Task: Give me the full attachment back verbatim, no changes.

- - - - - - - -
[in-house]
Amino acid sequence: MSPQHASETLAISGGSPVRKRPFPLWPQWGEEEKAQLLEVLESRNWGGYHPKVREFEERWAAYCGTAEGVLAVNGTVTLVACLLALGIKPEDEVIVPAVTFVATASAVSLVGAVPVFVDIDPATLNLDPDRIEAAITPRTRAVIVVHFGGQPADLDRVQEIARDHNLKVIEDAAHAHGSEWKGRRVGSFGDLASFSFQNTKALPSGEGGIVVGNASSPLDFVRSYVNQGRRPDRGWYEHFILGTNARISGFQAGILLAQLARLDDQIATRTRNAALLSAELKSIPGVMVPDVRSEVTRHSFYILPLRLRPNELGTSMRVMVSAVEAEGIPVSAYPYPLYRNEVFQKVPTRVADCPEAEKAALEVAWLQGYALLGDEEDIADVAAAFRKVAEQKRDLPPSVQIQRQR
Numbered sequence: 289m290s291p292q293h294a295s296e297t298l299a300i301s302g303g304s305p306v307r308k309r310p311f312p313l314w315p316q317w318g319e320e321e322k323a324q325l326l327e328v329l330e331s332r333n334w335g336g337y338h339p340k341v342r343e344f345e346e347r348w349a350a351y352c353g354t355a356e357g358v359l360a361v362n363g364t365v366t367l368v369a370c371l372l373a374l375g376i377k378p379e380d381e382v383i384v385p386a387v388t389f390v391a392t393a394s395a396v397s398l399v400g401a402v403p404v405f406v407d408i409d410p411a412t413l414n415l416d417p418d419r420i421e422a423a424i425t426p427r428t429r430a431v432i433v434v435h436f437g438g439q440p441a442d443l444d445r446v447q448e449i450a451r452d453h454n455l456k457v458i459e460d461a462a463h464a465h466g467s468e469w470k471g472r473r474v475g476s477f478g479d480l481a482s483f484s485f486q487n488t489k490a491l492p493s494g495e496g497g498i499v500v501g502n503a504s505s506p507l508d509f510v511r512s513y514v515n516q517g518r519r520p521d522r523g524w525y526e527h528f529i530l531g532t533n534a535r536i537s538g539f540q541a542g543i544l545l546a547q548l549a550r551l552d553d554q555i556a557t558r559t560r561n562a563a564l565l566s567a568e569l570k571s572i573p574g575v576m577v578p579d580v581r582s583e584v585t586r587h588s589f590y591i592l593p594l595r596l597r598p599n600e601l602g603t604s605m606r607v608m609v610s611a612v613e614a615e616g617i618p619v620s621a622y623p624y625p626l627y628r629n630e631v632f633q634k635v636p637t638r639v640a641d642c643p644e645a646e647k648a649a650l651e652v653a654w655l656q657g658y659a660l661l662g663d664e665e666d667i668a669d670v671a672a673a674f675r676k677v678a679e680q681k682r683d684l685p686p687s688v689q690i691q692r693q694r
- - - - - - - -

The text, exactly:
[in-house]
Amino acid sequence: MSPQHASETLAISGGSPVRKRPFPLWPQWGEEEKAQLLEVLESRNWGGYHPKVREFEERWAAYCGTAEGVLAVNGTVTLVACLLALGIKPEDEVIVPAVTFVATASAVSLVGAVPVFVDIDPATLNLDPDRIEAAITPRTRAVIVVHFGGQPADLDRVQEIARDHNLKVIEDAAHAHGSEWKGRRVGSFGDLASFSFQNTKALPSGEGGIVVGNASSPLDFVRSYVNQGRRPDRGWYEHFILGTNARISGFQAGILLAQLARLDDQIATRTRNAALLSAELKSIPGVMVPDVRSEVTRHSFYILPLRLRPNELGTSMRVMVSAVEAEGIPVSAYPYPLYRNEVFQKVPTRVADCPEAEKAALEVAWLQGYALLGDEEDIADVAAAFRKVAEQKRDLPPSVQIQRQR
Numbered sequence: 289m290s291p292q293h294a295s296e297t298l299a300i301s302g303g304s305p306v307r308k309r310p311f312p313l314w315p316q317w318g319e320e321e322k323a324q325l326l327e328v329l330e331s332r333n334w335g336g337y338h339p340k341v342r343e344f345e346e347r348w349a350a351y352c353g354t355a356e357g358v359l360a361v362n363g364t365v366t367l368v369a370c371l372l373a374l375g376i377k378p379e380d381e382v383i384v385p386a387v388t389f390v391a392t393a394s395a396v397s398l399v400g401a402v403p404v405f406v407d408i409d410p411a412t413l414n415l416d417p418d419r420i421e422a423a424i425t426p427r428t429r430a431v432i433v434v435h436f437g438g439q440p441a442d443l444d445r446v447q448e449i450a451r452d453h454n455l456k457v458i459e460d461a462a463h464a465h466g467s468e469w470k471g472r473r474v475g476s477f478g479d480l481a482s483f484s485f486q487n488t489k490a491l492p493s494g495e496g497g498i499v500v501g502n503a504s505s506p507l508d509f510v511r512s513y514v515n516q517g518r519r520p521d522r523g524w525y526e527h528f529i530l531g532t533n534a535r536i537s538g539f540q541a542g543i544l545l546a547q548l549a550r551l552d553d554q555i556a557t558r559t560r561n562a563a564l565l566s567a568e569l570k571s572i573p574g575v576m577v578p579d580v581r582s583e584v585t586r587h588s589f590y591i592l593p594l595r596l597r598p599n600e601l602g603t604s605m606r607v608m609v610s611a612v613e614a615e616g617i618p619v620s621a622y623p624y625p626l627y628r629n630e631v632f633q634k635v636p637t638r639v640a641d642c643p644e645a646e647k648a649a650l651e652v653a654w655l656q657g658y659a660l661l662g663d664e665e666d667i668a669d670v671a672a673a674f675r676k677v678a679e680q681k682r683d684l685p686p687s688v689q690i691q692r693q694r